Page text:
Union Cabinet approves introduction of Merchant Shipping Bill, 2016
It provides for issuing the licences to Indian flag vessels for coastal operation and for port clearance by the Customs authorities.
Union Cabinet on 23 November 2016 approved the introduction of Merchant Shipping Bill, 2016 in the Parliament. Simultaneously, the cabinet also approved repealing of the Merchant Shipping Act, 1958 and the Coasting Vessels Act, 1838.
The Merchant Shipping Act, 1958 has been amended 17 times between 1966 and 2014 resulting in an increase in the number of sections to more than 560 sections. However, these provisions have been shortened to 280 sections in the Bill.
Provisions of the Bill
• It allows substantially-owned vessels and vessels on Bare Boat-cum-Demise (BBCD) to be registered as Indian flag vessels.
• It recognises Indian controlled tonnage as a separate category.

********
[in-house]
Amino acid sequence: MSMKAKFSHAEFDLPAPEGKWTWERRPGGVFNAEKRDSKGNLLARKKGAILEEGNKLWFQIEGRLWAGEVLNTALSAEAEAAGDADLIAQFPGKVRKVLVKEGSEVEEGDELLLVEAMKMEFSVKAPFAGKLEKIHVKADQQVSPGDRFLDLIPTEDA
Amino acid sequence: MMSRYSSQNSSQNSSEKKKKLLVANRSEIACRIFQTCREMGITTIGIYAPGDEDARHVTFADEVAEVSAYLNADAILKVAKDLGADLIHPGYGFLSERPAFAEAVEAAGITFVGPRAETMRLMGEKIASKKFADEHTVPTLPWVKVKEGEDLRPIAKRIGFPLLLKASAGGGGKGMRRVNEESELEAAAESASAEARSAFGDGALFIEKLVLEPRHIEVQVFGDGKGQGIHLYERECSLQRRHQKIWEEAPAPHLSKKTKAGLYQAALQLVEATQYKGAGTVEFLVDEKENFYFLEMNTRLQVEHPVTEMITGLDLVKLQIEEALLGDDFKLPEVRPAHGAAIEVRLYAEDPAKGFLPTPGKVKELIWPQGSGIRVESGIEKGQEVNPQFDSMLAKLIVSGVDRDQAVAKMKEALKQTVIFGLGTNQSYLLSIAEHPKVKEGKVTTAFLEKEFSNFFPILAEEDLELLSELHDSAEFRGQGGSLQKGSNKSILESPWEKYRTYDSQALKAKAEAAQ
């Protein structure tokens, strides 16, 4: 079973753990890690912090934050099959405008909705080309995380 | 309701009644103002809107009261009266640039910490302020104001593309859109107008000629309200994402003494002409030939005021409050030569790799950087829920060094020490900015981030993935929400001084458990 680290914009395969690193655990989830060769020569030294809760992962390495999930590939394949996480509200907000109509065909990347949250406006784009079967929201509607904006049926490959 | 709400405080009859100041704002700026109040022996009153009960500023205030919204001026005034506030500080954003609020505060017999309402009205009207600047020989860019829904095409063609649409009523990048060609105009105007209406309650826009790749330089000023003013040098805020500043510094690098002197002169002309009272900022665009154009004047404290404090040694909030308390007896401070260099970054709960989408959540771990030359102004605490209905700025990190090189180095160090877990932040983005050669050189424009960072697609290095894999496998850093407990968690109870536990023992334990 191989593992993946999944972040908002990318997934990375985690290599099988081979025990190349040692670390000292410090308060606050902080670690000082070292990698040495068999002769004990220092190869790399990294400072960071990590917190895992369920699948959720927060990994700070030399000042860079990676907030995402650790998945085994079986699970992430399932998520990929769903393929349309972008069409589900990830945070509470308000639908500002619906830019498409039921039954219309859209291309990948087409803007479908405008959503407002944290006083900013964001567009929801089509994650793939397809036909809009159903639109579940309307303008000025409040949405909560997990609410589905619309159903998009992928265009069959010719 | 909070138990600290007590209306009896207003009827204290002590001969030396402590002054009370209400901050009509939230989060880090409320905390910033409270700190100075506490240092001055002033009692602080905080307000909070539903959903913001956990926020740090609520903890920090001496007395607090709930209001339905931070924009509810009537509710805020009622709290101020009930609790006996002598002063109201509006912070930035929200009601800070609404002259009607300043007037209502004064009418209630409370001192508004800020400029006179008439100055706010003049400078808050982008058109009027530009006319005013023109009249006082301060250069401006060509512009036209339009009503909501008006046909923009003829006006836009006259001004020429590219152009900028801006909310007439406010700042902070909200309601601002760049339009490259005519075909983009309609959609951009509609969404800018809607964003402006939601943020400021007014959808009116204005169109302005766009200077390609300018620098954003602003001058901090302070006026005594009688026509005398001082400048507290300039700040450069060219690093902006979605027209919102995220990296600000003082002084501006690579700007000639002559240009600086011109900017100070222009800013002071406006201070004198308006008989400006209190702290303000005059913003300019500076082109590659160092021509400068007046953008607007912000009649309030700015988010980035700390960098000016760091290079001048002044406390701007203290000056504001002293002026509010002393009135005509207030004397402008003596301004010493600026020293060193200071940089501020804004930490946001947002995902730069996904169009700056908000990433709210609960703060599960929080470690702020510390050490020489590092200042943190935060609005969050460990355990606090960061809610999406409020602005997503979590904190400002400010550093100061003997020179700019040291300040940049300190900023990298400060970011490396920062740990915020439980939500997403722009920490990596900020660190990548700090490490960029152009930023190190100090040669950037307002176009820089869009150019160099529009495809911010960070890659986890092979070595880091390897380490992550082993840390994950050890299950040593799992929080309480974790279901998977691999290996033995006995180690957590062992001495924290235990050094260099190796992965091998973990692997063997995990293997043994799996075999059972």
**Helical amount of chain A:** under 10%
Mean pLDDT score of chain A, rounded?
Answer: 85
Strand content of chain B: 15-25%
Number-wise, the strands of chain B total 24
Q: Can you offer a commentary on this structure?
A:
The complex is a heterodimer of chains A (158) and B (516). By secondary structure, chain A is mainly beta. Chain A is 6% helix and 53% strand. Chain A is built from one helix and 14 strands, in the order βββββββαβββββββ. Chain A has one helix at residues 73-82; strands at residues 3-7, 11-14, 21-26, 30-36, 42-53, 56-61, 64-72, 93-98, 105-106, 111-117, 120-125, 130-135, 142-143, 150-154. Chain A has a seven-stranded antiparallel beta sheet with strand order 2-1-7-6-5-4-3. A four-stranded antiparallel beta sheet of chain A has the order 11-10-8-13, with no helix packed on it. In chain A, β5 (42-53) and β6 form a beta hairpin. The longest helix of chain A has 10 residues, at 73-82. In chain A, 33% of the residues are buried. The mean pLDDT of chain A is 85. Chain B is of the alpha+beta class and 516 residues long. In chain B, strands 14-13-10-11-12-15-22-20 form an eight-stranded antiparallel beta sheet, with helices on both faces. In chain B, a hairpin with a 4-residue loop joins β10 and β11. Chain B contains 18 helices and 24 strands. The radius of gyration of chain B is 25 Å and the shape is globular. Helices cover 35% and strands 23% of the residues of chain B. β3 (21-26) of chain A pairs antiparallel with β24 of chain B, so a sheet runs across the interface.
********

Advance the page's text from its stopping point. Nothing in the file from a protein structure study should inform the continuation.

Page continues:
• It provides for issuing the licences to Indian flag vessels for coastal operation and for port clearance by the Customs authorities.
• It calls for making separate rules for coastal vessels to develop and promote coastal shipping.
• It introduces welfare measures for seafarers by providing them with the wages till they are released from hostage captivity of pirates and reach back home safely.
• It directs owners of vessels to take insurance of crew engaged on vessels including fishing, sailing, etc. This applies for the vessels whose net tonnage is less than 15 tons.
• It says that the requirement of signing of articles of agreement by the crew will no longer be necessary.
• It calls for registration of few residuary category of vessels not covered under any statute and makes provisions for security-related aspects.
• It adds provisions relating to seven different conventions- Intervention Convention 1969, Search and Rescue Convention 1979, Protocol for Prevention of Pollution from Ships Annex VI to Marine Pollution Convention, Convention for Control and Management of Ships Ballast Water and Sediments 2004, Nairobi Wreck Removal Convention 2007, Salvage Convention 1989 and International Convention for Bunker Oil Pollution Damage, 2001.
• It also provides for survey, inspection and certification of vessels to enable simplified regime for convenience of Indian shipping industry.